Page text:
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An Unfamiliar Terrorism

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Who's the Terrorist
Who's the Terrorist
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People in the United States have a fairly well-defined image of terrorism. A term that became indelibly emblazoned on the U.S. psyche on September 11, 2001. Terrorism consists of "suicide-vests", burkas, hijabs, Muslims, Islam, caves, sand, tents, camels, and melanic people. I cannot help but be struck that I live in a nation that killed millions of people so that women did not have to wear burkas, but has found itself in a circumstance where everyone has to wear the equivalent, be they male or female, to go to the grocery store. The satire of it is nothing less than spectacular.

The women in those terrorist nations still wear burkas and hijabs; and they do so proudly for the most part, as the United States retreats in Afghanistan. The Taliban comes home.

Americans now face a much more nebulous terrorism. This unfamiliar terrorism is terrifying in a way that the other one was not. It is amorphous and multi-faceted. Utmost is the fact that the unfamiliar terrorism is quantitatively more lethal because it goes beyond the physical in its lethality. The familiar terrorism destroyed people and things; this unfamiliar terrorism destroys both body and mind. It destroys friendships, families and, thusly, societies. The desolate, dysfunctional, dystopian socio-political landscape of the United States is the petri dish in which this unfamiliar terrorism both suppurates and sublimates.

John F. Kennedy said that "the most powerful and precious right in the world" is the right to vote. Given that it is a bit of an arrogant and hyperbolic statement notwithstanding, I do understand the sentiment behind President Kennedy's words and the context in which they were made. If what he said was, or is, true the people of the United States have no power. Chaos must ensue as the stars align.

Every presidential U.S. election, in this century, has been controversial to say the least; with the exception of the election and re-election of Barack Obama (the irony of this incongruity is worth pondering). The heavens only know how many state and local elections were tainted comedic tragedies in one way or another, and I seriously doubt that the United States will ever see an election without turmoil. The row has been hoed, the seedlings planted. Yet, at this very moment the United States continues to globally proselytize "democracy" with "free and fair elections" to the point of murdering women, children and men every single day while racist mobs invade its Capitol and its elections are a jape. Most of those in that racist mob did not receive as much as a scratch; I must wonder what that scene would have looked like if that mob of insurrectionists/insurgents looked like me. Does the U.S. realize that its global credibility, other than inflicting massive violence, is zero (excepting European nations)? I find this terrifying; and the U.S. propensity towards violence makes it even more so because, at some point, violence will be met with violence.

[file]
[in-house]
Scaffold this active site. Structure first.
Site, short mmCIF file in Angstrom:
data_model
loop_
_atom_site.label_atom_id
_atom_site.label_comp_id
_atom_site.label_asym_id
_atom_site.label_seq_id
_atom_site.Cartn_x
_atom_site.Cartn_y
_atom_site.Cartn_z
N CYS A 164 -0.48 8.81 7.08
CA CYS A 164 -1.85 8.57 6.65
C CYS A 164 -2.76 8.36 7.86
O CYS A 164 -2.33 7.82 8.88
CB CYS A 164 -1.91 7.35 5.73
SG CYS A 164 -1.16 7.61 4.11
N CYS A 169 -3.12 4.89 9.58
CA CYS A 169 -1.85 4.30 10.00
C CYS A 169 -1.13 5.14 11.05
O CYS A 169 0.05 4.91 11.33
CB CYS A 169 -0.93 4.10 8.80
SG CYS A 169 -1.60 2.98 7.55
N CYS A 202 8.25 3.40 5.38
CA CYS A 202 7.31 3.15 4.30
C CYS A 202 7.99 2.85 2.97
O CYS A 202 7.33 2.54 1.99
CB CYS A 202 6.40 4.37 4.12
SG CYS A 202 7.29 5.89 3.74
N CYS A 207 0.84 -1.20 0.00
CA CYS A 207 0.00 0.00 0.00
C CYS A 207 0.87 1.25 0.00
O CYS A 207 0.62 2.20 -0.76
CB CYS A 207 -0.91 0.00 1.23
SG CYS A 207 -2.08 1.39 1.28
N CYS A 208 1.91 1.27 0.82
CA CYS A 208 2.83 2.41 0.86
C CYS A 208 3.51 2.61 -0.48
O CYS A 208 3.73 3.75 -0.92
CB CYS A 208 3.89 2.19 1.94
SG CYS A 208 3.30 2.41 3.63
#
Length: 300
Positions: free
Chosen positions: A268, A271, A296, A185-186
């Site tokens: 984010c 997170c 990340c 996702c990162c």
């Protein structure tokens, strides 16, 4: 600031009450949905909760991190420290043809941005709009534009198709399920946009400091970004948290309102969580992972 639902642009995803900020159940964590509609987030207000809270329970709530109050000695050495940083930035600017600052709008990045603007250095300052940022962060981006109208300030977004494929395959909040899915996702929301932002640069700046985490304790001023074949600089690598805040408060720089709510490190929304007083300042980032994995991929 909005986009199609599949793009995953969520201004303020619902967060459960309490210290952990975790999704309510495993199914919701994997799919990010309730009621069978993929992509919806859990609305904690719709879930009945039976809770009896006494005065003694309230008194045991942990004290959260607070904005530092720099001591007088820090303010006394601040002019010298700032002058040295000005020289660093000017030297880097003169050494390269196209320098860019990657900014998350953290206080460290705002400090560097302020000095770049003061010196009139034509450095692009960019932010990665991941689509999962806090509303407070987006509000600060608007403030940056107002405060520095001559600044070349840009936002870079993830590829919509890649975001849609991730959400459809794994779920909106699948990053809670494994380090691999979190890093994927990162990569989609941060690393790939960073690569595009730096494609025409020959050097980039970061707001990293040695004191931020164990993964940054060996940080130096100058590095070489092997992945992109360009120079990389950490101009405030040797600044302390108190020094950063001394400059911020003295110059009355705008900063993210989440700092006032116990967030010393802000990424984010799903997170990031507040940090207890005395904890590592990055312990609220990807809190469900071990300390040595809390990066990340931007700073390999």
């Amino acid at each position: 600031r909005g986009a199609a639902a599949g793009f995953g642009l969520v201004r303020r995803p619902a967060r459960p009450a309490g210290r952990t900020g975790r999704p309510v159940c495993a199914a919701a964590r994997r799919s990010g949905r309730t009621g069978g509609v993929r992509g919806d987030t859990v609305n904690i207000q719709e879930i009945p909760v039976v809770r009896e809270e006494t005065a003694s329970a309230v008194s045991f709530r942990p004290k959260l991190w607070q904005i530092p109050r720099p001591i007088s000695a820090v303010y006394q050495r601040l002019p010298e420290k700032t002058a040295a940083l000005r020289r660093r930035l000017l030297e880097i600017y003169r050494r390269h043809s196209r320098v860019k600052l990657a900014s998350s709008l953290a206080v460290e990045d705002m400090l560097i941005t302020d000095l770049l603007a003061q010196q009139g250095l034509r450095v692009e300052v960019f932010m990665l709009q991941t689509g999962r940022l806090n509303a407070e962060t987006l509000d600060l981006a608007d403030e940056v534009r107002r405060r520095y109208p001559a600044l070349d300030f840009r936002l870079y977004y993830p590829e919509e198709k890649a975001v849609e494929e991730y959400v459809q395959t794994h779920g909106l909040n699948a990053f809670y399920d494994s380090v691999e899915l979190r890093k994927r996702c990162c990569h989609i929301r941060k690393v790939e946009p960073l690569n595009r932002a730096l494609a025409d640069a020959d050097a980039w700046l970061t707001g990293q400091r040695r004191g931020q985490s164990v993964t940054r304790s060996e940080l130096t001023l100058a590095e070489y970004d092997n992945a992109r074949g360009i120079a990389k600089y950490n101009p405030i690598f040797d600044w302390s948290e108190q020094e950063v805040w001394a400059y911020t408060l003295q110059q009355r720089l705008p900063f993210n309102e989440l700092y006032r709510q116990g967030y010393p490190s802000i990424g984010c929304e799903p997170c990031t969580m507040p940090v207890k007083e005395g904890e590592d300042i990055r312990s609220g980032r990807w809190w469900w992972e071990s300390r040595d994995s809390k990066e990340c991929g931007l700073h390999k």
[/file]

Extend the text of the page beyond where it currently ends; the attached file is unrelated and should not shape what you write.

The COVID pandemic has wrought incredible damage on the fragile society known as the United States, and while every nation has had to deal with the pandemic in some way, shape or form the United States appears to have handled it the worst. There are family members who will not speak to each other because of a vaccine; and it's not really the vaccine that causes the problem as much as it is the assumptions that are drawn; an abysmal rabbit-hole. Whether or not one wears a mask has, somehow, become a political statement where inferences and conclusions are made about one's politics, social status and intellect. This is being done across the political spectrum and it should terrify all because "the enemy is invisible".

Friends and acquaintances that I have had for many years, be they personal or business, I am no longer able to normally communicate with for fear that I might possess an opinion that runs counter to their indoctrinations, whatever they may be. That I might use the wrong word, use it the wrong way or refuse to use it, and a decades-long relationship will come to a bitter end. My communication with them is muted in a way that did not exist before because the intellectual discourse and the freedom of intellectual growth that it brings about must be sacrificed for the sake of maintaining a relationship; but "a" relationship is quite different from "the" relationship. This is being manifested throughout the United States and the societal fallout therefrom has repercussions that are unfathomable and terrifying.